Tag Archives: 1960s

Peter Fleischmann – Jagdszenen aus Niederbayern AKA Hunting Scenes from Bavaria (1969)

Quote:
Of all the new crop of films by new German directors, this first film by Peter Fleischmann has attracted the most attention, and is based upon a prizewinning play by 25-year-old Martin Sperr. Hunting Scenes from Bavaria is a contemporary political play, which, in its broadest viewpoint, is an examination of the social order and its morals. It is set in Lower Bavaria, not because that particular locale is the source of the actions taking place in the film, but because the overall pattern of behavior in German village life was the best way to illustrate a certain sociological process: the hunting or persecution of human beings who, because of certain peculiarities, are living outside of the social order. Read More »

Károly Makk – Elveszett paradicsom AKA Lost Paradise (1962)

Hungarian filmmaker Károly Makk was an important figure in the development of Hungarian cinema after WWII. He made his directorial debut in 1954. Prior to that, he attended the Budapest Academy of Film Art and then was an assistant director on Geza von Radvanyi’s Somewhere in Europe. While his films of the ‘60s were well respected in Hungary, Makk’s work did not receive international recognition until 1971, when his Love won the Special Jury Prize at Cannes. Since then, he has gained an international reputation. His 1982 film Another Way was the first Eastern European film to deal directly with gay and lesbian concerns. (Mubi) Read More »

Marco Ferreri – Break up AKA The Man with the Balloons (Uncut) (1965)

Synopsis :
An industry that manufactures chocolates, is obsessed to the limit, to scientifically verify the exact spot where the balloons burst when they swell, but fails in its attempts, because they always end up breaking balloons, putting nerves increasingly enervated and reaching complete neurosis, while his great woman, just married, waiting on the bed, something more to him than his passion for inflating balloons. Read More »

Hiroshi Teshigahara – Otoshiana AKA Pitfall (1962)

When a miner leaves his employers and treks out with his young son to become a migrant worker, he finds himself moving from one eerie landscape to another, intermittently followed (and photographed) by an enigmatic man in a clean, white suit, and eventually coming face-to-face with his inescapable destiny. Hiroshi Teshigahara’s debut feature and first collaboration with novelist Kobo Abe, Pitfall is many things: a mysterious, unsettling ghost story, a portrait of human alienation, and a compellingly surreal critique of soulless industry, shot in elegant black and white. Read More »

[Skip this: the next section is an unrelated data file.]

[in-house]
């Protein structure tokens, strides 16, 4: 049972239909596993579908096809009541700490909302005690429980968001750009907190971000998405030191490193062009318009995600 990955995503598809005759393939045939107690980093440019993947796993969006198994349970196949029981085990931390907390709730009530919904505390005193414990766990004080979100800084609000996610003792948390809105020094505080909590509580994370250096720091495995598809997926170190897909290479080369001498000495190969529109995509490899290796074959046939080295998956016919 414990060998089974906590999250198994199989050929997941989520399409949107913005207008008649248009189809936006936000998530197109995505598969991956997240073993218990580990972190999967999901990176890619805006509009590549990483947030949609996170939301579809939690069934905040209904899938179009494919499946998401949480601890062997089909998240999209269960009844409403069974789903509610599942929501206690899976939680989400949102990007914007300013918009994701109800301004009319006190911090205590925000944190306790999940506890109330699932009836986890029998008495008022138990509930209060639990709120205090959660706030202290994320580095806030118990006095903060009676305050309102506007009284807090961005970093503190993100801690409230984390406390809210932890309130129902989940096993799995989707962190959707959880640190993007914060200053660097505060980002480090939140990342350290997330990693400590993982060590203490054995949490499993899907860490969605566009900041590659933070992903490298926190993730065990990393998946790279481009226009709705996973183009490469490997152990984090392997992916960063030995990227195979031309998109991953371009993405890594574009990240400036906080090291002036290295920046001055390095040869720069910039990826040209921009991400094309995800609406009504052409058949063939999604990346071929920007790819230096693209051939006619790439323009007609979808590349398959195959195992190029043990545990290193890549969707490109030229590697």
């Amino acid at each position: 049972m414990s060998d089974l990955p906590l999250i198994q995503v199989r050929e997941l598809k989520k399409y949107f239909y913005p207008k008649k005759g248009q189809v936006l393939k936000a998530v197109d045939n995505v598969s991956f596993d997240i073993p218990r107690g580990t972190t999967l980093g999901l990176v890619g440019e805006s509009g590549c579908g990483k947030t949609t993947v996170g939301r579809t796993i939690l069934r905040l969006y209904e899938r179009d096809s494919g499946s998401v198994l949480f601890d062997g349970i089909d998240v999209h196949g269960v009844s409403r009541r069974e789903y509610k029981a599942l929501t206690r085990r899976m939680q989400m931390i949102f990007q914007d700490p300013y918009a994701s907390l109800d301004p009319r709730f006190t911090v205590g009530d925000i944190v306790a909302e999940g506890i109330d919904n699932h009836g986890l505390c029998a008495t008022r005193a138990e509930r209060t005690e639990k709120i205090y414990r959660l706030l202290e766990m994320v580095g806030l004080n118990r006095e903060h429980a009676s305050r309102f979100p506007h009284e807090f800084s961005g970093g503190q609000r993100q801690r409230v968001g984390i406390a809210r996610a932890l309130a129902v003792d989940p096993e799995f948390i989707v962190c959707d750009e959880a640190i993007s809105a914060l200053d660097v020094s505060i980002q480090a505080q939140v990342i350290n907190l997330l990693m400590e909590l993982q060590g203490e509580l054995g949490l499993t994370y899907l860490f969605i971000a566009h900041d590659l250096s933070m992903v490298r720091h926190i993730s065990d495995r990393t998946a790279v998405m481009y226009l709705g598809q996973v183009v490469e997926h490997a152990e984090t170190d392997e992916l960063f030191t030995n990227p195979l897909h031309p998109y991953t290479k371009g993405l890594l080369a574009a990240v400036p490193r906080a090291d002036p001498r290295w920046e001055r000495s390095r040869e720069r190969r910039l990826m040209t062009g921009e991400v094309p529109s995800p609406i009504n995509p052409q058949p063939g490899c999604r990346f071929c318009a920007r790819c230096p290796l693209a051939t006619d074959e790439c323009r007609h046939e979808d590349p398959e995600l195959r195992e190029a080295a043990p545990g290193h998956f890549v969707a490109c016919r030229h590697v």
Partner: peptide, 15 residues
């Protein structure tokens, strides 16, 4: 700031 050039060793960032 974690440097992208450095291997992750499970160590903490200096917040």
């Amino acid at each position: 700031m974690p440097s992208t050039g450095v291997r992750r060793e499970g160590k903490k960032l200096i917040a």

Andrey Smirnov & Larisa Shepitko – Nachalo nevedomogo veka AKA Beginning of an Unknown Era (1967)

During the most liberal period of the Khrushchev regime, Grigori Chukrai, director of the classic Ballad of a Soldier, presided over an “experimental studio” dedicated to nurturing new talents. The studio was closed after it produced the three-part Beginning of an Unknown Era, conceived as a memorial for the 50th anniversary of the October Revolution. The film was shelved and to this day the negative is reported lost. However, a print of Andrei Smirnov’s episode Angel and Larissa Shepitko’s Homeland of Electricity survived – both films were premiered at the 1987 Moscow Film Festival. It is understandable that the authorities might have considered Angel and Homeland of Electricity inappropriate for trumped-up celebrations of the Revolution. Read More »

Glauber Rocha – Deus e o Diabo na Terra do Sol AKA Black God, White Devil [+commentaries] (1964)

Quote:
After killing his employer when said employer tries to cheat him out of his payment, a man becomes an outlaw and starts following a self-proclaimed saint.

Reehan Miah wrote:
Glauber Rocha’s Aesthetics of Hunger – a 1965 essay which attempts to explicate the Cinema Novo – reads like a convoluted mass of allegations, opacities and rhetoric (none of which are necessarily without substance). Somewhere within these imbroglios however, one stumbles upon an assertion that’s especially jarring: Read More »

Claude Chabrol – L’avarice [Les sept péchés capitaux] (1961)

Quote:
“L’Avarice” was Chabrol’s contribution to the 1962 French/Italian omnibus film LES SEPT PÉCHÉS CAPITAUX (which also featured contributions from de Broca, Jacques Demy, Sylvain Dhomme, Max Douy, Jean-Luc Godard, Eugène Ionesco, Edouard Molinaro, and Roger Vadim) in which a group of twenty-five engineering students put hold a lottery to pick who gets to spend a 50,000 franc evening with a beautiful prostitute. The film was photographed in Franscope by Jean Rabier (Henri Decae’s camera operator on LE BEAU SERGE and LES COUSINS.)
—DVD Beaver Read More »